As doctors tend to focus so much on saving and living, it is interesting to read the perspective of a doctor who focuses on quality of life in some of the most difficult times. Death is a challenging topic for me yet this book was not as hard to read as I had anticipated. The stories in its pages were beautiful, much more about the value of a life well-lived than death.

Reasons to Stay Alive (Matt Haig): Have I fan-girled about Matt Haig enough? No? I shall continue.

The Midnight Library was one of my favorite books of 2020, and yet as much as I love Haig’s fiction, his books about anxiety and depression speak to my soul in a different way entirely. Reasons to Stay Alive starts with Haig near the edge of a cliff in Ibiza, ready to throw himself off of it. The rest of the book comprises of reasons to keep living — his own and the words of others. This book is slightly more about depression (and I found Notes on a Nervous Planet to speak more to my anxiety), but it is a beautiful meditation on what it is to live — sometimes survive, sometimes thrive — with mental illness.

The Killer’s Shadow (John E. Douglas and Mark Olshaker): Speaking of obsessions, I heard that Netflix’s Mindhunter is unlikely to return for another season. Bummer! But never fear — John E. Douglas, one of the founders of the FBI’s BAU, has written several true crime books that you can devour until Netflix gets its s**t together and decides that another season of Mindhunter is the right choice.

Douglas and Olshaker write a different type of true crime book — it is less about the chase than the profiling, analysis, and understanding of the killer. This book’s unsub is white supremacist serial killer John Paul Franklin, who is known to have killed at least 13 people, either Black or whites who “intermingled” with Black people. From the get-go we know who Franklin is, but the power of this book came through the deep expertise that Douglas brings as well as how he connects this case to other well-known serials to show similarities and differences. True crime junkies, I recommend this book!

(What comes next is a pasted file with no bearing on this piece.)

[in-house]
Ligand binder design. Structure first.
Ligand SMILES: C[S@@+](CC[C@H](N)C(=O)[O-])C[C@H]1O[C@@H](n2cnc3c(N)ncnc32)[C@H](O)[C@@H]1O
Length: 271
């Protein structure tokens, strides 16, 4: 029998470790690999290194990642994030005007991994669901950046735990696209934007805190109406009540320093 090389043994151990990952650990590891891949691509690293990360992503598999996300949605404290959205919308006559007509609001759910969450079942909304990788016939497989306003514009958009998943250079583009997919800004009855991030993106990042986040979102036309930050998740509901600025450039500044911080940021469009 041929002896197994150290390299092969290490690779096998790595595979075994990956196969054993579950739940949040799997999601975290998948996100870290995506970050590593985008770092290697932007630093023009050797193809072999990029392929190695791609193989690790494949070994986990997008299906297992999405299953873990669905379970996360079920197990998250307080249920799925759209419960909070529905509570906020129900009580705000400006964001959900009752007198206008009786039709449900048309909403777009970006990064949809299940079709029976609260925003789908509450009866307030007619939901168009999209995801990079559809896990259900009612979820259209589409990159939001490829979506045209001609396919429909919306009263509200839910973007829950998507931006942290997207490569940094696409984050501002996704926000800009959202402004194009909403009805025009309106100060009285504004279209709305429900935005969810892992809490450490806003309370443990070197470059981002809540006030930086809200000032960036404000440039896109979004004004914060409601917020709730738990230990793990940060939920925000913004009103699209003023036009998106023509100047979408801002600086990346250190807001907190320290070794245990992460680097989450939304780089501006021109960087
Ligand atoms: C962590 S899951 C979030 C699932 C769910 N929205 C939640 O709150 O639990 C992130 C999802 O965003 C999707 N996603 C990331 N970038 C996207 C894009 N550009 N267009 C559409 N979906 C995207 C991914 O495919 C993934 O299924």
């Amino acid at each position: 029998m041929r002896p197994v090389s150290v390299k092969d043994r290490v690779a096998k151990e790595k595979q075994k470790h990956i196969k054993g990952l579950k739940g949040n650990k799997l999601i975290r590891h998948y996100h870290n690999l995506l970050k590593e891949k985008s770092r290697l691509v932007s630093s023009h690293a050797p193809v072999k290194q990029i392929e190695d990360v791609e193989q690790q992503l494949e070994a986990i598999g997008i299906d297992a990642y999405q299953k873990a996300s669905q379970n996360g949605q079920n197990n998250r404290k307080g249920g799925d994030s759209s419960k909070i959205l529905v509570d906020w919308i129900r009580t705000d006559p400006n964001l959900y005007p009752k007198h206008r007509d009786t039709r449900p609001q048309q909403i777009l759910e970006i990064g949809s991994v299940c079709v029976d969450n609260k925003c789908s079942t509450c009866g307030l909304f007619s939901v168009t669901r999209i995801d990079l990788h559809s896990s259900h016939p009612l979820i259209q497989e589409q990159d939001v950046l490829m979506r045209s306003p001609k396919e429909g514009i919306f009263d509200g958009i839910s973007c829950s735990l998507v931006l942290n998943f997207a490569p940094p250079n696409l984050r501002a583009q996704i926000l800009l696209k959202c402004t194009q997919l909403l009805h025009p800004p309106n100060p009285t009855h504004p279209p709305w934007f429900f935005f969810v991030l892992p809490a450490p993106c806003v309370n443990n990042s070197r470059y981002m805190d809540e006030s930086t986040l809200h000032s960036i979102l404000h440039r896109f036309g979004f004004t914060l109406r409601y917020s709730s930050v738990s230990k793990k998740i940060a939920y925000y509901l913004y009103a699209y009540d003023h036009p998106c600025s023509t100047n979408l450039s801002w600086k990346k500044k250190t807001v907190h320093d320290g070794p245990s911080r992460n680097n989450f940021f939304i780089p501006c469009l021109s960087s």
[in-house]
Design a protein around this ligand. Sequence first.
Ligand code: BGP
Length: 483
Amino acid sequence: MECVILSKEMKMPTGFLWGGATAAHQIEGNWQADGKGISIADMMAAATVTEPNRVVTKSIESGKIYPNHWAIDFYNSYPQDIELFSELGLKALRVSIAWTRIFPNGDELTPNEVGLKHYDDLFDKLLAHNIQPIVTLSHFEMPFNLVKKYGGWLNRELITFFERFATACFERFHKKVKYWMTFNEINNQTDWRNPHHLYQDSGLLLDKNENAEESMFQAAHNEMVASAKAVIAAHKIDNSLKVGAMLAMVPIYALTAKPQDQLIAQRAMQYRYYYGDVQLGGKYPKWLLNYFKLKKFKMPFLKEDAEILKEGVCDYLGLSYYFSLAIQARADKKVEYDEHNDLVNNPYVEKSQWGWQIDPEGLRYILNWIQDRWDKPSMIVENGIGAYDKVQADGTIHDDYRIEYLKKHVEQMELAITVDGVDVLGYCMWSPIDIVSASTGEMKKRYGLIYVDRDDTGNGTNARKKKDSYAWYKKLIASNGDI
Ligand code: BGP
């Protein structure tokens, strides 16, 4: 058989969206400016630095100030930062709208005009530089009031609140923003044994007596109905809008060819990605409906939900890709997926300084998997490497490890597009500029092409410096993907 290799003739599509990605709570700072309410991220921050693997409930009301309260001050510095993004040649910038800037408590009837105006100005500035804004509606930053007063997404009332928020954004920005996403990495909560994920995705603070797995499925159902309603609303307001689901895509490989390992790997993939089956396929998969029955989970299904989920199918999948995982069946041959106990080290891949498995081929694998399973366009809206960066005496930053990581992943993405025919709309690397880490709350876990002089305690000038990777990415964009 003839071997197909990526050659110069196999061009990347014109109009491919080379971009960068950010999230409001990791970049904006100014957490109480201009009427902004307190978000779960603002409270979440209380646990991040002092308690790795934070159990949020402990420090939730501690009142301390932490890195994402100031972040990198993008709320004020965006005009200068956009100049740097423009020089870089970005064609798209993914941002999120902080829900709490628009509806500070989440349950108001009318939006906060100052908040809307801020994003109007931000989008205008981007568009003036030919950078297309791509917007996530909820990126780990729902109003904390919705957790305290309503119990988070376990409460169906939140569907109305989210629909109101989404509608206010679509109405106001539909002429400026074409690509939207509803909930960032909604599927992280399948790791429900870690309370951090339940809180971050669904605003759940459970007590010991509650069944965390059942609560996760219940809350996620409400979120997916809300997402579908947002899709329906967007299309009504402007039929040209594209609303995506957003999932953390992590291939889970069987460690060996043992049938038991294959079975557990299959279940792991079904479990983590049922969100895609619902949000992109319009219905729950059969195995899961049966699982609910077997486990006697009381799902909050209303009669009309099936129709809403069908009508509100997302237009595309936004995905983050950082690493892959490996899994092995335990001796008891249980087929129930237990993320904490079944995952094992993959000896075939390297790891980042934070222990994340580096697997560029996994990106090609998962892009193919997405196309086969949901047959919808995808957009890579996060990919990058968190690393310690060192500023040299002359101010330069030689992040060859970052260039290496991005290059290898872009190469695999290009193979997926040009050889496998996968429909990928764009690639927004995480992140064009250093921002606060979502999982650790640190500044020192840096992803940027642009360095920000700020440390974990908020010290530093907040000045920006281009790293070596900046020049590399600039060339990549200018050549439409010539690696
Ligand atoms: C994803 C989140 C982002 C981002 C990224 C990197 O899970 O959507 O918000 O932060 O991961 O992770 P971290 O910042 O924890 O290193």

A Circle of Quiet (Madeleine L’Engle): This is a beautiful book, probably what I had hoped the musings on Walden to be (but they weren’t). Though L’Engle is known best for fiction, specifically her books for children, this is the first of a set of four books taken from her personal journals. The book certainly meanders and covers subjects like family, faith, writing, and small-town life, but it’s a joy to read because of the richness of the writing. If you like writing, reading, or following along with someone’s personal musings, I think you’ll enjoy this book.

Northland (Porter Fox): Since travel is so limited because of the pandemic, I enjoy traveling through books even more than usual. Northland is Fox’s quest to travel along the American/Canadian border from east to west. I appreciated that he wove together historical context for the border along with his adventures and musings. I especially appreciated the section where he rode aboard a freighter through the Great Lakes as well as his many sections about American Indians and how both the US and Canada have treated them so poorly, a subject we could all understand in more depth.

Doesn’t that sound like a lovely January? Well, it was! And I’m excited to be midway through some exciting books that I hope to share with you next month when I blog about my favorite February finds!

Cheers, Sarah

Just some light work reading — perhaps I’ll finish it in February!



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Sarah Carr

Sarah Carr


NW native blogging about life’s struggles and triumphs. Balancing career, family, hobbies, and health. Fierce advocate for mental health. And chocolate lover.